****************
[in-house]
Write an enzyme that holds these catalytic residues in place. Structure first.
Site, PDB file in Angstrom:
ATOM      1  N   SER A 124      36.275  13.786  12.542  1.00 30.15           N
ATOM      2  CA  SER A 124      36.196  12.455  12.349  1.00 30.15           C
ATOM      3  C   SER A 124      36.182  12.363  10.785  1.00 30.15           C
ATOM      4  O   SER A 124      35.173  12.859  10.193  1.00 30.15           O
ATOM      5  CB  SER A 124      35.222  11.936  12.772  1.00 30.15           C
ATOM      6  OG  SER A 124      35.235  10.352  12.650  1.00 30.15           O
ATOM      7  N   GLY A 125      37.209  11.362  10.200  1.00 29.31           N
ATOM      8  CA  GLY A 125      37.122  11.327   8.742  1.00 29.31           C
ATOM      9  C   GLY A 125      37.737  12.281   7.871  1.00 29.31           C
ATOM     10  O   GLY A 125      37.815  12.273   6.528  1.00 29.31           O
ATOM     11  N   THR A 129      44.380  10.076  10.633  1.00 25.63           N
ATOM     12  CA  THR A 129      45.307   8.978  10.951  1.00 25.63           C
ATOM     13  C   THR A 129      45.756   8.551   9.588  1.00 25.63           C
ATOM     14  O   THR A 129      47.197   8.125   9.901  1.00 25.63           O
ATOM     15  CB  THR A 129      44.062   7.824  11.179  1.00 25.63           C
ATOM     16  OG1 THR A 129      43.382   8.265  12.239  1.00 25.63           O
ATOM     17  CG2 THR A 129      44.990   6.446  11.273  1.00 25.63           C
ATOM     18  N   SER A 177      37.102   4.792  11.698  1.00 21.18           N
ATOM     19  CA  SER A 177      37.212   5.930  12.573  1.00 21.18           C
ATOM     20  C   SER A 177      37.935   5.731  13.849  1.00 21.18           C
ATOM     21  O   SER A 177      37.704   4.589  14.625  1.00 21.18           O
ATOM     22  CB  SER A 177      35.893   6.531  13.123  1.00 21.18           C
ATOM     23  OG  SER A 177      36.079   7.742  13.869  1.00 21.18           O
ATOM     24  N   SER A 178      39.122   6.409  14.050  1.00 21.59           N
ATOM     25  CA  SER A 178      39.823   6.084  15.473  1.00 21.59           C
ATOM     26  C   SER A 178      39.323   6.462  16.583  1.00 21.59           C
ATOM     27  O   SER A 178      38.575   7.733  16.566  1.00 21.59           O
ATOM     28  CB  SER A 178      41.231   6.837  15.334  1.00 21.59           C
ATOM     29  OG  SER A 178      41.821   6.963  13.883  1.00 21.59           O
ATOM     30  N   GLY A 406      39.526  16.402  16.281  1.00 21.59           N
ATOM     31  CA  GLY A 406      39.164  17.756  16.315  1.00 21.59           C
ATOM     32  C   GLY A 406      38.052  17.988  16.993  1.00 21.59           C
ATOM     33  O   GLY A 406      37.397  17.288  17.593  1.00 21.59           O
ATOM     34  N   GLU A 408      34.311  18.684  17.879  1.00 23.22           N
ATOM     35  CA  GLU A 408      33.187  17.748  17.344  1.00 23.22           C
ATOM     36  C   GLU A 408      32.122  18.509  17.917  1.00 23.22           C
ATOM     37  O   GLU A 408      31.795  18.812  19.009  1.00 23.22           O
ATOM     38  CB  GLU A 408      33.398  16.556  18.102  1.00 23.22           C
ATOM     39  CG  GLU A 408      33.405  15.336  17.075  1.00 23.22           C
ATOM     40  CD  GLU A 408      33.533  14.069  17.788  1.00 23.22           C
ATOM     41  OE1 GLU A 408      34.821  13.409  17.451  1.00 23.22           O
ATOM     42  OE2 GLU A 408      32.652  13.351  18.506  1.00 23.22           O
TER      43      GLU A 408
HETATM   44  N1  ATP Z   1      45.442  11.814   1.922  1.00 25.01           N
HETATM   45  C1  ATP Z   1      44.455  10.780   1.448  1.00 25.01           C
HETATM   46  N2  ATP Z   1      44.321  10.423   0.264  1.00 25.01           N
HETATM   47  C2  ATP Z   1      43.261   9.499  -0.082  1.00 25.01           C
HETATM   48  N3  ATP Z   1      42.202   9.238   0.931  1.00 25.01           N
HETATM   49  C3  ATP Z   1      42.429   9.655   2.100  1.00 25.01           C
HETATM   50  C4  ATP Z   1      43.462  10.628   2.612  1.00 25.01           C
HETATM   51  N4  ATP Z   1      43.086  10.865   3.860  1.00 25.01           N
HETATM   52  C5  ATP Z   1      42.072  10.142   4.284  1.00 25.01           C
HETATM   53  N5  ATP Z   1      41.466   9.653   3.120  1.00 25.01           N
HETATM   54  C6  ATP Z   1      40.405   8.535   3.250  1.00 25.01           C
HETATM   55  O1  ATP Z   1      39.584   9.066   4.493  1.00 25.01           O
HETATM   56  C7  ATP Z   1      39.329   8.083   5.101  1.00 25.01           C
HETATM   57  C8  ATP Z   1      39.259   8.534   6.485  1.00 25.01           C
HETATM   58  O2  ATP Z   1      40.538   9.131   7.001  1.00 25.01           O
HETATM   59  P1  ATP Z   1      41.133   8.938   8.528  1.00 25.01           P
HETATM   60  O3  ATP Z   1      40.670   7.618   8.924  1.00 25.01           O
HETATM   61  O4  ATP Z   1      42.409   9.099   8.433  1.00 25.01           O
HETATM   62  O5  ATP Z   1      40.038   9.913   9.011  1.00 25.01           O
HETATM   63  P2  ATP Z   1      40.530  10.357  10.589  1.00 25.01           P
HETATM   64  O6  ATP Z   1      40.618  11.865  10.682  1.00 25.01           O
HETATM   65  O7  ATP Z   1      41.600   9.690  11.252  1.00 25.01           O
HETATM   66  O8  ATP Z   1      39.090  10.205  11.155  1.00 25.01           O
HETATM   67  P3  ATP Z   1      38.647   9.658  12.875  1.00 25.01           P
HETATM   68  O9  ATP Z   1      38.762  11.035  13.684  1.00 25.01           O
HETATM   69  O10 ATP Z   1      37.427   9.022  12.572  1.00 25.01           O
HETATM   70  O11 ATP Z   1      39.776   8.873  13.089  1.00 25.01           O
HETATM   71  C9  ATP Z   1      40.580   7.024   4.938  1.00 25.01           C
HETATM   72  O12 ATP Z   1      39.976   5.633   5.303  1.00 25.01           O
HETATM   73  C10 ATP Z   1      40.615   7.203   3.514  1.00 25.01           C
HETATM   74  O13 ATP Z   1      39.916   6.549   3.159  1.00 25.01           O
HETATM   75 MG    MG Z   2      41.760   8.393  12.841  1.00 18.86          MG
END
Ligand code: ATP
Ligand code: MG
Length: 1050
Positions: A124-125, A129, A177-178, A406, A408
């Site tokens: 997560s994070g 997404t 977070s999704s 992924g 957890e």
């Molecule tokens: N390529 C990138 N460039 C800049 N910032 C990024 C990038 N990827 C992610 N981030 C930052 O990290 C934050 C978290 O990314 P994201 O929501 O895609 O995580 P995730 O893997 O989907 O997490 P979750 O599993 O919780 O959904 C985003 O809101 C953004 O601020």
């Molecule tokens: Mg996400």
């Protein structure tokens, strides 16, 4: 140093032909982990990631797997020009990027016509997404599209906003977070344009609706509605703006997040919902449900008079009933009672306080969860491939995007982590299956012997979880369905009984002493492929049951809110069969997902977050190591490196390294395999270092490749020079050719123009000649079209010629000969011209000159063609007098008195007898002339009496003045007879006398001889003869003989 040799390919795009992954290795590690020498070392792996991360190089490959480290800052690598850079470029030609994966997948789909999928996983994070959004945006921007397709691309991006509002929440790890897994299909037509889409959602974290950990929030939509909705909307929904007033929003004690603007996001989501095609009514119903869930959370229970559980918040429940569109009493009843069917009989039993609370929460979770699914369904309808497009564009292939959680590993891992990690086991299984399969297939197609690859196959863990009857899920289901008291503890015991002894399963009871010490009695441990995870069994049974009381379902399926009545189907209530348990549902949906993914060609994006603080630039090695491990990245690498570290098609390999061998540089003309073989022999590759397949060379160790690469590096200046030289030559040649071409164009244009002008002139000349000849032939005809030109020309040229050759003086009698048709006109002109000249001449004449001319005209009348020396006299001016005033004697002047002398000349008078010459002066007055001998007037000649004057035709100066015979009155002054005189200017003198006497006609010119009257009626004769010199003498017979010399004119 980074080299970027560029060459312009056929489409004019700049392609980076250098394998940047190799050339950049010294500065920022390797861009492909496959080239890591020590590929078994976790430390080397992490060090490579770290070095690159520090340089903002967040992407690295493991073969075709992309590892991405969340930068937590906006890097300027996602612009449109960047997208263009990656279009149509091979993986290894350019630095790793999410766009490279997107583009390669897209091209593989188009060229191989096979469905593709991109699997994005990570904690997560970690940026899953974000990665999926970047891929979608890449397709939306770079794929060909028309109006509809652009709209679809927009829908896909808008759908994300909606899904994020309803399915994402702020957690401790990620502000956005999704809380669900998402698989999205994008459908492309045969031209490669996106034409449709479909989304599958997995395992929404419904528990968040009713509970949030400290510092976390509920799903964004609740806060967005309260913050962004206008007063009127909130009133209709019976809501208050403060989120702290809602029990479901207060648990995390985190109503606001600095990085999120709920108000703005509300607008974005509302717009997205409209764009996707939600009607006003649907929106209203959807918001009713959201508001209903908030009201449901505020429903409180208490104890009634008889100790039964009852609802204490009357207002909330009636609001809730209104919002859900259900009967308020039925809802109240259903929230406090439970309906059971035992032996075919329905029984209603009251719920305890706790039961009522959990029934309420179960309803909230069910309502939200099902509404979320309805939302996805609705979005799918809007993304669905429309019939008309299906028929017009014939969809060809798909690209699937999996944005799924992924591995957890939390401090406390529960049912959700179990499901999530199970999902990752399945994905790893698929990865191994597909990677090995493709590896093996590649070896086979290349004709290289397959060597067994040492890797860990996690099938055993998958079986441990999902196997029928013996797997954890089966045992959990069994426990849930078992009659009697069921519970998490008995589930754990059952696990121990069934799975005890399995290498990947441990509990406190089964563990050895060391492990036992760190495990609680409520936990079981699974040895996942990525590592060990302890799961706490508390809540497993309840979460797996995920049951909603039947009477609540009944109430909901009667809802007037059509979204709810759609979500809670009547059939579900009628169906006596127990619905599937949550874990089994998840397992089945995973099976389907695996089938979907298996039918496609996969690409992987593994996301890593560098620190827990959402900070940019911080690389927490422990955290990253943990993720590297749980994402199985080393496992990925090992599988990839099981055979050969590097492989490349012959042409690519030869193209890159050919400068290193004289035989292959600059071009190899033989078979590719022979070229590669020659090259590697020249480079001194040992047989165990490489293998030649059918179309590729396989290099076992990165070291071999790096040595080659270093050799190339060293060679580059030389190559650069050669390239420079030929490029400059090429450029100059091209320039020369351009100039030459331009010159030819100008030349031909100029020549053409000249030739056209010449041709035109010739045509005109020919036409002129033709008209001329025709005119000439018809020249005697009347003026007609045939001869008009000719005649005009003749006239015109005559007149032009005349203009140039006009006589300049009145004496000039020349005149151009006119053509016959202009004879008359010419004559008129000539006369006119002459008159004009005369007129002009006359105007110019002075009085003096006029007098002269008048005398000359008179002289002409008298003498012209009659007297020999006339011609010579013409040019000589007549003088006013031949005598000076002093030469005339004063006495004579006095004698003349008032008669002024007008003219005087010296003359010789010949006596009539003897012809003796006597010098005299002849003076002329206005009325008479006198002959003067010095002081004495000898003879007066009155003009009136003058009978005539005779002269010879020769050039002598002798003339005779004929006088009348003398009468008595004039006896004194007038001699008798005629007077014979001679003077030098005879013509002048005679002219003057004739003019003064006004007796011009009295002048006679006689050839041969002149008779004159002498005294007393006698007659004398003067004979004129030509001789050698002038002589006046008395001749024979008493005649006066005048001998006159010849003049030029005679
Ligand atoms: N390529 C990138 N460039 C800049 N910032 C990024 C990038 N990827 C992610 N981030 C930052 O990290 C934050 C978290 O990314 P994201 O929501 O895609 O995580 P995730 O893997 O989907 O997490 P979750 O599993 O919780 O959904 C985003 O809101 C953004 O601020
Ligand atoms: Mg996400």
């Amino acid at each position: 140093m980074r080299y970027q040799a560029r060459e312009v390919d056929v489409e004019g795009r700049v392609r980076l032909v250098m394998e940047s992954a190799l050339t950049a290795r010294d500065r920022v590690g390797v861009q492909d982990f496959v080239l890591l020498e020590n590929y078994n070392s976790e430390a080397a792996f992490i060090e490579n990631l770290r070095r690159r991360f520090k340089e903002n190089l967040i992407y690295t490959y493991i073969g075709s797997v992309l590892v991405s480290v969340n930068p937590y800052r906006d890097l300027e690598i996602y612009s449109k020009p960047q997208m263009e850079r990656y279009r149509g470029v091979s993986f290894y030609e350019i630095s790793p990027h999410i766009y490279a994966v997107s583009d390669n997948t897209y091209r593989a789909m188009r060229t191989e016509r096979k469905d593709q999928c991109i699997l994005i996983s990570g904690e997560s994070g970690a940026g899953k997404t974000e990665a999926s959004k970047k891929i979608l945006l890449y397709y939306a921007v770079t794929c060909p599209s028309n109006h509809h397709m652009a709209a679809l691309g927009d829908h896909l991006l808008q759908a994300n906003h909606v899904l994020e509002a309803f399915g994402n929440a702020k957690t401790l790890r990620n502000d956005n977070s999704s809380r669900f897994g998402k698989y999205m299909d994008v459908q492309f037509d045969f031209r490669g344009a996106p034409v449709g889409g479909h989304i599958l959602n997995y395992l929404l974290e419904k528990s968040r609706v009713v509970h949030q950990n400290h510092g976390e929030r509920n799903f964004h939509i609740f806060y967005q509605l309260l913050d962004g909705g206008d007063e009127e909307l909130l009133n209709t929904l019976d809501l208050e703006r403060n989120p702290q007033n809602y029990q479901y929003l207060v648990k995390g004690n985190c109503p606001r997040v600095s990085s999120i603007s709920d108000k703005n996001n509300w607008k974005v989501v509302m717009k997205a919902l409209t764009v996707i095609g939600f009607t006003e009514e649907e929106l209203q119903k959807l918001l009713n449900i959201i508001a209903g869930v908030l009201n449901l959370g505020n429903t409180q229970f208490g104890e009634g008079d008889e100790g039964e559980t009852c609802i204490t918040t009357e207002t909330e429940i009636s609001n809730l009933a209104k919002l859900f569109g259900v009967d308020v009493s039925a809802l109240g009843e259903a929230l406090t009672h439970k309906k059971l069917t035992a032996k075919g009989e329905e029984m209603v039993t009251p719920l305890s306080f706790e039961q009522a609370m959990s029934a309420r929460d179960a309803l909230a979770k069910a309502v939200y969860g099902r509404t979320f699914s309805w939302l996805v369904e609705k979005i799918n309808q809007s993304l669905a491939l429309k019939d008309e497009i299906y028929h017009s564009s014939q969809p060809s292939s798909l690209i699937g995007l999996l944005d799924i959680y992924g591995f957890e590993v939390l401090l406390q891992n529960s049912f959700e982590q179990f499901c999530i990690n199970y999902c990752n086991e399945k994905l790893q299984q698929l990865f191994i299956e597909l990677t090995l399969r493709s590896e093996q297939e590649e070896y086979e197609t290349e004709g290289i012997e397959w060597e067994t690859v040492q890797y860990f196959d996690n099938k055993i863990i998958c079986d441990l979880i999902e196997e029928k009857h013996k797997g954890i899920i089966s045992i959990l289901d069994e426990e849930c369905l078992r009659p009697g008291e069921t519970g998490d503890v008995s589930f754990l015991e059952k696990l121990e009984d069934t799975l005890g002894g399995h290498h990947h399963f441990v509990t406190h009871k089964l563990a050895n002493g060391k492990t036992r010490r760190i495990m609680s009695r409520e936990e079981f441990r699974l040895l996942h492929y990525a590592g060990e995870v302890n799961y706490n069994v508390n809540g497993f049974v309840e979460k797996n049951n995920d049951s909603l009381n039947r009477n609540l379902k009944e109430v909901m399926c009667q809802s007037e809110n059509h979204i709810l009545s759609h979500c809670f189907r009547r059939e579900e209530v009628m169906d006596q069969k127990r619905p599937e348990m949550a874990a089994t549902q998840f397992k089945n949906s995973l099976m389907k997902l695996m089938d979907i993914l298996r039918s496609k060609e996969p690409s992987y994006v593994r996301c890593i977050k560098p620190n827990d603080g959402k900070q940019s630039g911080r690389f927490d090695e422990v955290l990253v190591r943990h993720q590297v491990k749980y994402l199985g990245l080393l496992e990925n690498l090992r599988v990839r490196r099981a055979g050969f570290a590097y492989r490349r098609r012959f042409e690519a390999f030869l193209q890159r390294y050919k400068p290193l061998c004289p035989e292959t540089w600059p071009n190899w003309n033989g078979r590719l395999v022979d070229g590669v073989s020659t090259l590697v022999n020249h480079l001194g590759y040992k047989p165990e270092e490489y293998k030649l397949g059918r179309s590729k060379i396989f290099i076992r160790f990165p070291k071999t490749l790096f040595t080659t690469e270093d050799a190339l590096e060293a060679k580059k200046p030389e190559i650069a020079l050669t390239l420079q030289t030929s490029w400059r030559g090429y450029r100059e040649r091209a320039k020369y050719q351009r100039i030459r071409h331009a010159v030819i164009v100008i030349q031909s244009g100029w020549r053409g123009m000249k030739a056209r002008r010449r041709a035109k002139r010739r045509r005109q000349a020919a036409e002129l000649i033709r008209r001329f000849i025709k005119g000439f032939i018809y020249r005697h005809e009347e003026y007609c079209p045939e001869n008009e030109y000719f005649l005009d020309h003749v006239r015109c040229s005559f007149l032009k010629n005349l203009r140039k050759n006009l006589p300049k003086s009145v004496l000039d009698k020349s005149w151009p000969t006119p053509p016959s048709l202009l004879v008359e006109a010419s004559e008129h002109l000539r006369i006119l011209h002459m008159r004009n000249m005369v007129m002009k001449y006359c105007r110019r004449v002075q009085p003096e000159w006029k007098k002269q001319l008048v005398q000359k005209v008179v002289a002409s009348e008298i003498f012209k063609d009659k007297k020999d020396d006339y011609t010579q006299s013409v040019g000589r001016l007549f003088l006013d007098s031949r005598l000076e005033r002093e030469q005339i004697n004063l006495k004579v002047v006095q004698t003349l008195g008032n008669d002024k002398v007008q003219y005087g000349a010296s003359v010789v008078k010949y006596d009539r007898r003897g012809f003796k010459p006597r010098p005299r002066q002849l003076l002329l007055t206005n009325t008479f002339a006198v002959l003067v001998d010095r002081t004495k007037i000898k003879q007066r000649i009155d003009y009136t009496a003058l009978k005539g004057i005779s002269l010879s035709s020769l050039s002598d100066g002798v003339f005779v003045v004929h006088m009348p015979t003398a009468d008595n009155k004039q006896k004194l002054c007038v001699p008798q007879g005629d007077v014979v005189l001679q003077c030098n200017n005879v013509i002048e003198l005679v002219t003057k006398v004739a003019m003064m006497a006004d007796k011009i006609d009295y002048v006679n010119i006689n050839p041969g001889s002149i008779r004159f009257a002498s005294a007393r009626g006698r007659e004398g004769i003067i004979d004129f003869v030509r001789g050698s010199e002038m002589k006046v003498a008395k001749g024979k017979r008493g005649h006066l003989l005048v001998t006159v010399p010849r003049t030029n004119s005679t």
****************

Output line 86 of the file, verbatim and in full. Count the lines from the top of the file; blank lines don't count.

């Molecule tokens: Mg996400």